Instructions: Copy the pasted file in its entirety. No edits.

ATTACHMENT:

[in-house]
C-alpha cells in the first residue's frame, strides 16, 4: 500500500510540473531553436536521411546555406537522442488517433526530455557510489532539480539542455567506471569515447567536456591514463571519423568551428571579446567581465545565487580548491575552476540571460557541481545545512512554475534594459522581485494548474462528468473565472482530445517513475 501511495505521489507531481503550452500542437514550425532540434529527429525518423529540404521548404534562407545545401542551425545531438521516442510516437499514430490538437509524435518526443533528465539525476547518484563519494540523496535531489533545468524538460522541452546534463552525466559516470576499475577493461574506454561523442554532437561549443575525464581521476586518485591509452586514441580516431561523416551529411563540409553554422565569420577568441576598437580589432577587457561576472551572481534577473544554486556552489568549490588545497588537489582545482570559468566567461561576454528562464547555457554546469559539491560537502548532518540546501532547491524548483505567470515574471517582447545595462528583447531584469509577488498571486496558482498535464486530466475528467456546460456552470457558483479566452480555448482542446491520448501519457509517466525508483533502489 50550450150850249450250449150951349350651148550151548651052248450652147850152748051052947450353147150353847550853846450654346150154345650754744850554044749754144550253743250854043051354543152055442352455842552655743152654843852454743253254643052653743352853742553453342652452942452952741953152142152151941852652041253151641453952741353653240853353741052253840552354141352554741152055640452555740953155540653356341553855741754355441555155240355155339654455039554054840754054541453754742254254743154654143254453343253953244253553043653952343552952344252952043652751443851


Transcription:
[in-house]
C-alpha cells in the first residue's frame, strides 16, 4: 500500500510540473531553436536521411546555406537522442488517433526530455557510489532539480539542455567506471569515447567536456591514463571519423568551428571579446567581465545565487580548491575552476540571460557541481545545512512554475534594459522581485494548474462528468473565472482530445517513475 501511495505521489507531481503550452500542437514550425532540434529527429525518423529540404521548404534562407545545401542551425545531438521516442510516437499514430490538437509524435518526443533528465539525476547518484563519494540523496535531489533545468524538460522541452546534463552525466559516470576499475577493461574506454561523442554532437561549443575525464581521476586518485591509452586514441580516431561523416551529411563540409553554422565569420577568441576598437580589432577587457561576472551572481534577473544554486556552489568549490588545497588537489582545482570559468566567461561576454528562464547555457554546469559539491560537502548532518540546501532547491524548483505567470515574471517582447545595462528583447531584469509577488498571486496558482498535464486530466475528467456546460456552470457558483479566452480555448482542446491520448501519457509517466525508483533502489 50550450150850249450250449150951349350651148550151548651052248450652147850152748051052947450353147150353847550853846450654346150154345650754744850554044749754144550253743250854043051354543152055442352455842552655743152654843852454743253254643052653743352853742553453342652452942452952741953152142152151941852652041253151641453952741353653240853353741052253840552354141352554741152055640452555740953155540653356341553855741754355441555155240355155339654455039554054840754054541453754742254254743154654143254453343253953244253553043653952343552952344252952043652751443851